ARS Rescue Rooter, now defunct, always was careful to address the complaints of customers who went to the BBB, so its rating, even as it ripped people off, was A+.
City officials seem confident the league’s favored warranty company is the good guy.
“What tipped the scales for this particular company was the affiliation with the National League of Cities and the potential revenues,” Council Member Karin Uhlich told me last week.
In short, the city is depending on other entities — the league, the Better Business Bureau — to ensure the city is lending its name to a good company. Let’s hope it turns out to be so for Tucson residents who buy the policies.
Once the city takes the plunge into this sort of arrangement, it raises another issue: Is this the best deal the city can get? In this case, our council took the first warranty company to walk in the door at Scott’s office. Is there another one that would pay the city more? One that would charge the customers less?
“The City Attorney and the Procurement Director have determined that the warranty program contract is not covered by the Procurement Code and a competitive solicitation process is not required,” assistant city manager Martha Durkin said in a memo to the mayor and council.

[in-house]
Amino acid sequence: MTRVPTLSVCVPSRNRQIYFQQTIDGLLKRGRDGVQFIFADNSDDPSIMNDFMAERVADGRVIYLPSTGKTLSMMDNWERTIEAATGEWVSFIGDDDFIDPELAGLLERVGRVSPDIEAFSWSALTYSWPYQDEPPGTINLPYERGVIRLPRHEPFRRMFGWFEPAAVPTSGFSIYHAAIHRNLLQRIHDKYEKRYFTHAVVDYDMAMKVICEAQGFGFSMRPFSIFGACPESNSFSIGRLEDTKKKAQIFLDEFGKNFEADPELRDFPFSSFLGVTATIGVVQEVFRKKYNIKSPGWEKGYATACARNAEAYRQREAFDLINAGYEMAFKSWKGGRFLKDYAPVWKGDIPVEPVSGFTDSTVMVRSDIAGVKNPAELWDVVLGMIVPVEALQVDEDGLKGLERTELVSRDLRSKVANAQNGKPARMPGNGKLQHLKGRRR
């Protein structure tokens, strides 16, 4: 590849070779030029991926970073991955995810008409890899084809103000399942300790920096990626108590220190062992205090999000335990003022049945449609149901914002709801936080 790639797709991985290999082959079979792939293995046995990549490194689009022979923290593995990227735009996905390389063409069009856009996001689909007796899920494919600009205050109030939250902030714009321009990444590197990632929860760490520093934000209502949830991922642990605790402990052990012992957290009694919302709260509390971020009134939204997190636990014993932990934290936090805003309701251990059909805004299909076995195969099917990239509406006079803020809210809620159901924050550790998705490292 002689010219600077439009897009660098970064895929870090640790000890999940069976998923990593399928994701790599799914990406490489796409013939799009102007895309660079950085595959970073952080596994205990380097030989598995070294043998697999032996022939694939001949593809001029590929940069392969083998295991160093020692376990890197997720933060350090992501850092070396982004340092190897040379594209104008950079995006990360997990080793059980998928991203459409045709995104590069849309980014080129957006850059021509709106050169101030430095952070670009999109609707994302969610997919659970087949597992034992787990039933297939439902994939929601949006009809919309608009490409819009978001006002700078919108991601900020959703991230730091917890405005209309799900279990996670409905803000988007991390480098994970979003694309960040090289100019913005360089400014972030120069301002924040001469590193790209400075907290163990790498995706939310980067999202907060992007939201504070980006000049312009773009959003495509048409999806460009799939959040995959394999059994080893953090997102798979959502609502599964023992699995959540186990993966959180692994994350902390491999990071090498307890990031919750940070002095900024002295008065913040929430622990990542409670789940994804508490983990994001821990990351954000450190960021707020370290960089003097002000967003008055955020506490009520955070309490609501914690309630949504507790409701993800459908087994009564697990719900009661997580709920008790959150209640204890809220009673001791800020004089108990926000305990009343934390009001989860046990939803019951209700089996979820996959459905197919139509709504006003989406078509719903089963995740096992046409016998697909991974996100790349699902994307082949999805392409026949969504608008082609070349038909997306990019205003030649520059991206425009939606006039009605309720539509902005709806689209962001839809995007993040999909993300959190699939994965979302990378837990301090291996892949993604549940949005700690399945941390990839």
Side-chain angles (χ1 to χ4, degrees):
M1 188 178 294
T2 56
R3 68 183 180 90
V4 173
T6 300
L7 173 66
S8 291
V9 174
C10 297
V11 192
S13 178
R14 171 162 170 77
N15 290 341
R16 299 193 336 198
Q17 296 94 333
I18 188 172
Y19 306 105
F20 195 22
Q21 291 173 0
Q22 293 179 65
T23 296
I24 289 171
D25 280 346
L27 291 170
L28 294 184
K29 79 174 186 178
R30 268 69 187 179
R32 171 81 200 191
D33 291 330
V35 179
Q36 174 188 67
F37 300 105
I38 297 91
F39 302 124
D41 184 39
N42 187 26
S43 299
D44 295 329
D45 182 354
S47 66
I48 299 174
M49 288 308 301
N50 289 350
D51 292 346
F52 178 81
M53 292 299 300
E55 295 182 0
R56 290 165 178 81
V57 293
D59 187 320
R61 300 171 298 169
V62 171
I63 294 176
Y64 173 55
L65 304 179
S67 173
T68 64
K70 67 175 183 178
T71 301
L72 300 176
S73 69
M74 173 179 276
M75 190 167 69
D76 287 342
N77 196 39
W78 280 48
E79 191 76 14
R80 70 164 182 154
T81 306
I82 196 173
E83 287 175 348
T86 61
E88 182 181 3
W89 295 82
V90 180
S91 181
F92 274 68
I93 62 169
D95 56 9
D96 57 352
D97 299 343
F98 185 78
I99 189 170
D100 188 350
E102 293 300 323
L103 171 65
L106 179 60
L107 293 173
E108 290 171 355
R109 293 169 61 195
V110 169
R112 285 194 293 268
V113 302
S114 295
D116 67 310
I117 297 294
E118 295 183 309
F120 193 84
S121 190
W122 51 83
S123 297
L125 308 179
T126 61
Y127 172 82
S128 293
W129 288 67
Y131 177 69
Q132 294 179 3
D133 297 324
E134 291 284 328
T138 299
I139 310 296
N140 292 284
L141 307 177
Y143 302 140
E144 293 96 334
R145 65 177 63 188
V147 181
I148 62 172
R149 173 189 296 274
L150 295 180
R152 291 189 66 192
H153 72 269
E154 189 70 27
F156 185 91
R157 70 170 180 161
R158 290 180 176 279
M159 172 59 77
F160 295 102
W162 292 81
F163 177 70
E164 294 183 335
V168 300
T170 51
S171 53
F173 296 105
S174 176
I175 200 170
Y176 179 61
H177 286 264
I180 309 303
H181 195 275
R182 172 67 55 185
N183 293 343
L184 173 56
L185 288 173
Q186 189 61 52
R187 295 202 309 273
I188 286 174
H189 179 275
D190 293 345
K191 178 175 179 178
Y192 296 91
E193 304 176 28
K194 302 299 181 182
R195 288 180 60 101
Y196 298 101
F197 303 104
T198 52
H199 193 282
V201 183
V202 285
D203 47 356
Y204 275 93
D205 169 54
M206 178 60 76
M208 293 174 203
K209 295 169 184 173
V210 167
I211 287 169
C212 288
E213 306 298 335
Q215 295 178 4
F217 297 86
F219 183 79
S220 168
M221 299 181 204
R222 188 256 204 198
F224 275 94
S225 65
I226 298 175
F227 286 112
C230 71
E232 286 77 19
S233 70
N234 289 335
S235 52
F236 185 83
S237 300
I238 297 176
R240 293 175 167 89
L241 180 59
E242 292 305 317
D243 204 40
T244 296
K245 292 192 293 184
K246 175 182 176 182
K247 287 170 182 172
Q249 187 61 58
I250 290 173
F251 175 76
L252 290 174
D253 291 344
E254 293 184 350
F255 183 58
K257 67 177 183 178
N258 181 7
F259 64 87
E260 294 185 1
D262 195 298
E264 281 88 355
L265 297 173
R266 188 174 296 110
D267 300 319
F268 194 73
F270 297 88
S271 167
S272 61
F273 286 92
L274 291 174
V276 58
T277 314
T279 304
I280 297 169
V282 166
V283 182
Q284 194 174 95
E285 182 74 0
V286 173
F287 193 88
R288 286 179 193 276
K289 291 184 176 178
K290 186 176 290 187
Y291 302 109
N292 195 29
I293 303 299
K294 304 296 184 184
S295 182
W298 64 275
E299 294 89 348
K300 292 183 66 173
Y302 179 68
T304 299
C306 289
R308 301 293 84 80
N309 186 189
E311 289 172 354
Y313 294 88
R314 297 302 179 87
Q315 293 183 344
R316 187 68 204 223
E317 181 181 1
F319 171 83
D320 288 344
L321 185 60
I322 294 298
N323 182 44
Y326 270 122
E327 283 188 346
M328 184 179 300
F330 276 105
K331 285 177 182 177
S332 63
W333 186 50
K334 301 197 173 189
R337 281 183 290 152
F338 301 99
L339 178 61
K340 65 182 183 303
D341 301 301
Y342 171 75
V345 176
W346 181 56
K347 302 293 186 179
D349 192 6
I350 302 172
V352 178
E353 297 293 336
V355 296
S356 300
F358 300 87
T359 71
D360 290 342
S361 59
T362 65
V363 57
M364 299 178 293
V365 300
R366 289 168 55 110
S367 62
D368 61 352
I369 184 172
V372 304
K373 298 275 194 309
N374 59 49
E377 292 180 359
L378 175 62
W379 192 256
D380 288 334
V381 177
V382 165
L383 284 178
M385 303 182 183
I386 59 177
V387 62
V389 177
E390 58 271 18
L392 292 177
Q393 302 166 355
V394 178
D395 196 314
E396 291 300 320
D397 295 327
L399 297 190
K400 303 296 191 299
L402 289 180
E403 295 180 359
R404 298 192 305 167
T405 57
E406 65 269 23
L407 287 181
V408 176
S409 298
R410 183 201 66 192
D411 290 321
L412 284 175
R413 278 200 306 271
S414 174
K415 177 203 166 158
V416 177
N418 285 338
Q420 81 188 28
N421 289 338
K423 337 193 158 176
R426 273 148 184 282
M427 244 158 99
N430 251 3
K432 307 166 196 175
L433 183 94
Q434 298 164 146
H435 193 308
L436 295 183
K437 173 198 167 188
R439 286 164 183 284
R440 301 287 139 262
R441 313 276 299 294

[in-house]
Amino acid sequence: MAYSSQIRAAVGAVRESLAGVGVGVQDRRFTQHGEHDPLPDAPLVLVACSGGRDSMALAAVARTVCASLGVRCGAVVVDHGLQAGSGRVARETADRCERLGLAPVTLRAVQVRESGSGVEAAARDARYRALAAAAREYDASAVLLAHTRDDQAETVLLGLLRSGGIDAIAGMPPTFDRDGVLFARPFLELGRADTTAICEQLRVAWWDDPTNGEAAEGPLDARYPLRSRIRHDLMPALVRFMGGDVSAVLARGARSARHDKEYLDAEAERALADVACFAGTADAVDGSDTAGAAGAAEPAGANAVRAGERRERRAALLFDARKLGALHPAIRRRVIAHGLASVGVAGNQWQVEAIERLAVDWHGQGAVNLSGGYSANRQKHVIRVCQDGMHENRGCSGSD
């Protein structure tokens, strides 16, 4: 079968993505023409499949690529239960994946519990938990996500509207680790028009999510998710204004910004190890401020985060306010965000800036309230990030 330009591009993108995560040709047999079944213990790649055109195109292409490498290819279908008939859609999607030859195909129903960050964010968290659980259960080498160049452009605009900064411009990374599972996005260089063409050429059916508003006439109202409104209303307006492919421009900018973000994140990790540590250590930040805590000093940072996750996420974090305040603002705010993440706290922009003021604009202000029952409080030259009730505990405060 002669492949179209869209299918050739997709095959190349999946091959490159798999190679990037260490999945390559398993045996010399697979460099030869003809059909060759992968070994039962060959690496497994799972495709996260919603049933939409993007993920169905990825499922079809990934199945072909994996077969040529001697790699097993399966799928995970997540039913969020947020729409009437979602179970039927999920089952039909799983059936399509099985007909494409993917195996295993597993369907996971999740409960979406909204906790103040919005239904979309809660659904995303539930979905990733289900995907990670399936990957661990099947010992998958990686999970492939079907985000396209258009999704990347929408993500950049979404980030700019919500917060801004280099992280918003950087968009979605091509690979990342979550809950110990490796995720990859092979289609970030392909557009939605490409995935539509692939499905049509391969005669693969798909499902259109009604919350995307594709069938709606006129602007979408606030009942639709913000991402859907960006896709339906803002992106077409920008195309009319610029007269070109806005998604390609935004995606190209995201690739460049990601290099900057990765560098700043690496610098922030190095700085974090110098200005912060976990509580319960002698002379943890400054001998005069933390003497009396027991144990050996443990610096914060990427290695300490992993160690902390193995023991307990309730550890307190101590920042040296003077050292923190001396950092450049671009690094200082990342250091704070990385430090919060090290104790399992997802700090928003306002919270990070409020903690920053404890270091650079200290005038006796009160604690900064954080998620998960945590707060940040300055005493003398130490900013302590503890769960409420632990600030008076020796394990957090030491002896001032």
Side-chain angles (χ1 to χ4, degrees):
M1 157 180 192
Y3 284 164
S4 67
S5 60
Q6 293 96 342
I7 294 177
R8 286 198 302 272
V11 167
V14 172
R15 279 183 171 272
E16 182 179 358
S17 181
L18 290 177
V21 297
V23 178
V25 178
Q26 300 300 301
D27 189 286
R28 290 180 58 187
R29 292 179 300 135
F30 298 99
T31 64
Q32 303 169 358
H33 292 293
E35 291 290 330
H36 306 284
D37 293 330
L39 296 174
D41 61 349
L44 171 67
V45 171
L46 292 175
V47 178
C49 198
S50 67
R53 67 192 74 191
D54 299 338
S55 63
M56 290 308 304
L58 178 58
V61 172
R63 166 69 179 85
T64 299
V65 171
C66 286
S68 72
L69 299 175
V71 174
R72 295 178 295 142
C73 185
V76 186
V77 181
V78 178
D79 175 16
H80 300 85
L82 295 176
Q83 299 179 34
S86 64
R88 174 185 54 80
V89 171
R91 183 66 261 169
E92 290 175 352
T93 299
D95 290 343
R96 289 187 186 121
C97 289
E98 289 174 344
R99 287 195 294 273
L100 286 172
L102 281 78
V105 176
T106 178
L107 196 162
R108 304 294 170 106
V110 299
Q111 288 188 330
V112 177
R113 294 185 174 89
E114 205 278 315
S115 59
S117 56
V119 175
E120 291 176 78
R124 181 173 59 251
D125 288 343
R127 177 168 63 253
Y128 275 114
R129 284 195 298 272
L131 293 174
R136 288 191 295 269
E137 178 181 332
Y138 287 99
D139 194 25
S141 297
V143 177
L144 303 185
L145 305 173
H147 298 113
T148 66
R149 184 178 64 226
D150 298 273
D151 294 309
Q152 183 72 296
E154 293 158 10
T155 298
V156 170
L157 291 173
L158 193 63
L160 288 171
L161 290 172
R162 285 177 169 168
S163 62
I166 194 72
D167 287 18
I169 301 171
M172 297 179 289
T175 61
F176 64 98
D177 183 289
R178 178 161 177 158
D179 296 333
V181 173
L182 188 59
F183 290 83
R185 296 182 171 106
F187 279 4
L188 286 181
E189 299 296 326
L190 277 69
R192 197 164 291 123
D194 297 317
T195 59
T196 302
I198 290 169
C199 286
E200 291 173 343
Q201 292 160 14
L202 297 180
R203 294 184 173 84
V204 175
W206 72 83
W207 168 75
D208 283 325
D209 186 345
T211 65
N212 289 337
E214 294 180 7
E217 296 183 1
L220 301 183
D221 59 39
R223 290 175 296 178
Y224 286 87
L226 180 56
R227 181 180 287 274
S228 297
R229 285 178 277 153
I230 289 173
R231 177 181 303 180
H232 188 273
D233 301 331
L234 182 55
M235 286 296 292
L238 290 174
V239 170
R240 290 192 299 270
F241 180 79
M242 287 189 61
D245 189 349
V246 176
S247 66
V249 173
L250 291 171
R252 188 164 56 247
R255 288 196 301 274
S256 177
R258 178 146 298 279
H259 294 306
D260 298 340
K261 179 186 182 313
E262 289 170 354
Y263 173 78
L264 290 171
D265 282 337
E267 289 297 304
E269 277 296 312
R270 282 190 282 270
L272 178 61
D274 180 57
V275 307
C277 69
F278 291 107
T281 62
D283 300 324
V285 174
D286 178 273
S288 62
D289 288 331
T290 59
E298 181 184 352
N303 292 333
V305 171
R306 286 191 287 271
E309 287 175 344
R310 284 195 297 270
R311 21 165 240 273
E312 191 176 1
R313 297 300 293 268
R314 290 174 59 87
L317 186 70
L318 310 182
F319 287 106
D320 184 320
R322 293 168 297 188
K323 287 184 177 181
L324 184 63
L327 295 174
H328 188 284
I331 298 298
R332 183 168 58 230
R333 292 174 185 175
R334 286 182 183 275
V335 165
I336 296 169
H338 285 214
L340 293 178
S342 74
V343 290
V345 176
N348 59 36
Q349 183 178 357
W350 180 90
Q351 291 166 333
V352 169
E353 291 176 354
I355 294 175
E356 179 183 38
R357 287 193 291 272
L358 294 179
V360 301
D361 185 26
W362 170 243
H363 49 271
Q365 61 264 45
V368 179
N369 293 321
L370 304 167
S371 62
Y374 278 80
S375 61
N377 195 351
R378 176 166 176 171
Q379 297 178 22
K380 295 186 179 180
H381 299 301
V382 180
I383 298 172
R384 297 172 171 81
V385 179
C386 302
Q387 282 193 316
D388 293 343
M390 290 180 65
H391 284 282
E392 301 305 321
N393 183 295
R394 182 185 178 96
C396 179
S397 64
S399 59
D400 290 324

Myles Meehan, the senior vice president of a competitor company called Homeserve, wishes Tucson had done a request for proposals before entering its three-year deal with Service Line Warranties of America.
After hearing of the city’s new deal, “We were perplexed,” Meehan said. “We didn’t have the opportunity to come in and speak with the city, and provide a better service for the residents and for the city.”
American Water Resources is also clearly competing for the same business with its coincidentally timed letter. It would seem that if we’re going to go this route, we should check out whether these competitors could give a better deal in terms of what they pay the city as well as the service they offer customers.
Uhlich agreed, but cautioned, “If we do run it through procurement, the downside is that there are costs associated with that.”
But she added, “These things should be vetted and kept in some kind of competitive arena so we’re sure there’s not self-dealing or lack of good fiduciary responsibility.”
Accepting the first endorsement deal that walks in the door isn’t a way to do that.